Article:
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Small Group Leaders, Training

New Year. New Group.

Are you starting new? Or starting over?

Gracious, either way can be hard. You may have just graduated a group of girls that had your heart and now you’re trying to make room for new, hesitant faces. I have been there and missed the level of comfort and vulnerability we worked so hard to cultivate, I then took for granted. I missed that I never had to second guess when they said a name, because I knew that was their dog or basketball coach.

You may have just changed groups because that served the student ministry best. I have been there and felt the tension seeing those girls from my previous group and trying to explain to them what I didn’t totally understand myself.

You may be starting totally fresh, so eager and excited to get to do one of the most fun things—discipling teen girls.

Wherever you are and however you got there, how do we begin?

  1. Jump all the way in.You likely already know by now as well as I do that these girls can read you like a book. They see through superficial in about 5 seconds so jump right in by sharing who you are. Tell them why you are passionate about being in their lives, share your story of walking with Jesus, and set some expectations for your group. Learn about them beyond their names and schools, as well as what they are involved in. Create some shared experiences so you can watch them interact, and not just in small group time. Play games or make a Super Bowl party so you can learn who naturally pairs with who, who sinks into the background, and who keeps everyone laughing.

  2. Be careful not to compare to other groups.I still am trying to figure this out myself, but this group of girls deserves to be seen and loved for exactly who they are and where they are. It’s difficult when we try to compare levels of comfort and connection with girls we led for 3-4 years to girls we’ve known for 3-4 minutes. Enter with an open mind and let the girls in front of you be exactly who they are and adjust to what they need, which won’t always be what worked so well for previous groups.

  3. Listen, Love, and Lean in.It can be discouraging to have to start all over, but now is the time for you to put in the work of proving to these girls you are there for them and there to stay. Sit in the bleachers at tennis matches, bring flowers to their dance recitals, and plan a fun Galentine’s Party. You are building the relational foundation for beautiful, deep ministry ahead.

  4. It’s okay to acknowledge if this feels a little lonely at first.I think we can glorify ministry and skip over that we are real people with real feelings. Starting a new group with unfamiliar faces will feel lonely. You will miss the warmth and connection of the little family you just worked so hard to build or you will expect your group to click so much faster than it does. It is lonely and there will be weeks of great discouragement when everyone misses for homework or it seems these girls may never gel, but DO NOT GIVE UP. There will be lonely nights and awkward group times, but they will just be steps on the way to leading these girls to know and love Jesus with all of their hearts and they will not turn back from it all the days of their lives.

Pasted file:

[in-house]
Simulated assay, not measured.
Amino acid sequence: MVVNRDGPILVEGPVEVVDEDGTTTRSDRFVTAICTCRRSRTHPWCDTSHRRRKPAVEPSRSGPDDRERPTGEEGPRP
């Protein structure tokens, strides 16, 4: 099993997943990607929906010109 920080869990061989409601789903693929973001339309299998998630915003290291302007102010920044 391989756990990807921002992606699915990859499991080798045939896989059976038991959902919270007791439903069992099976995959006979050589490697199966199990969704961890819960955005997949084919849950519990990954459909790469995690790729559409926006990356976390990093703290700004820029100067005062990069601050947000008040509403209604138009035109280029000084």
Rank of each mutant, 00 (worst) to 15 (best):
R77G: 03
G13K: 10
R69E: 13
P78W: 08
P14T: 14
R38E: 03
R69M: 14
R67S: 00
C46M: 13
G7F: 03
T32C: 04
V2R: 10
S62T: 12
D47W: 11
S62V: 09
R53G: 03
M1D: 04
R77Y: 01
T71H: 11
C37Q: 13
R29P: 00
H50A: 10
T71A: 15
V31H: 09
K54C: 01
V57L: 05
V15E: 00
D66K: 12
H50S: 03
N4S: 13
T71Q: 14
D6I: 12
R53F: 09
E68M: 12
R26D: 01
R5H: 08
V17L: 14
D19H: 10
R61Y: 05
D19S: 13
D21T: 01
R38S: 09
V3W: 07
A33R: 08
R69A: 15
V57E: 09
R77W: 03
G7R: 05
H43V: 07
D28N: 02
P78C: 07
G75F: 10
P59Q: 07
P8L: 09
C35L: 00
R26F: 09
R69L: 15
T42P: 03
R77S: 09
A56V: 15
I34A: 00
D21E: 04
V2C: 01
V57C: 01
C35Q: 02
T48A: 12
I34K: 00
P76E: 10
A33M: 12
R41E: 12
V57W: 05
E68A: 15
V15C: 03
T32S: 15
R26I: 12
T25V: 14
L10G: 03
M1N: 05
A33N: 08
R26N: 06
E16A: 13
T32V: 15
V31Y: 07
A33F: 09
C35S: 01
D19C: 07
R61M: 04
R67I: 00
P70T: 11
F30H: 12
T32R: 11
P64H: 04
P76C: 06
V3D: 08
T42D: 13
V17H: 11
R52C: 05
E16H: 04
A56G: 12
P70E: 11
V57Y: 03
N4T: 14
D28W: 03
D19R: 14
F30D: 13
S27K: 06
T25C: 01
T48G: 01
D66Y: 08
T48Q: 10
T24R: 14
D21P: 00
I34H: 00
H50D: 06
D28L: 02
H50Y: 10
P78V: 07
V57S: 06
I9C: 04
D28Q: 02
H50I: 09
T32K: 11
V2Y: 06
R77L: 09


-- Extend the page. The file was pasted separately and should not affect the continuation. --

Wherever you are starting, you are doing incredible work. Keep leaning in, loving, and investing no matter how many times you feel like you are hitting a wall. You are doing the work of showing them that they matter, that their Father loves them, and that He has such incredible things in store for them. Now is the time, because they graduate way too soon and begin the trajectory for the rest of their lives! Wherever you are, thank you for getting started and for jumping in no matter your fears or hesitations. And even though they may never show it, your girls are more grateful than they realize. But they will never forget that you started, you showed up, and you cared.


Emily Katherine Johnson lives in Rome, GA serving as the Coordinator of Discipleship Programming with the WinShape College Program and just married her best friend, Emery! EmK fell in love with girls ministry in her own student ministry in Spartanburg, SC and still enjoys mentoring middle and high school girls. Emily Katherine has a Masters of Divinity in Christian Education from New Orleans Baptist Theological Seminary, and she recently released a book on authenticity and grief entitled, Let’s Be Real! Connect with Emily Katherine: Website // Instagram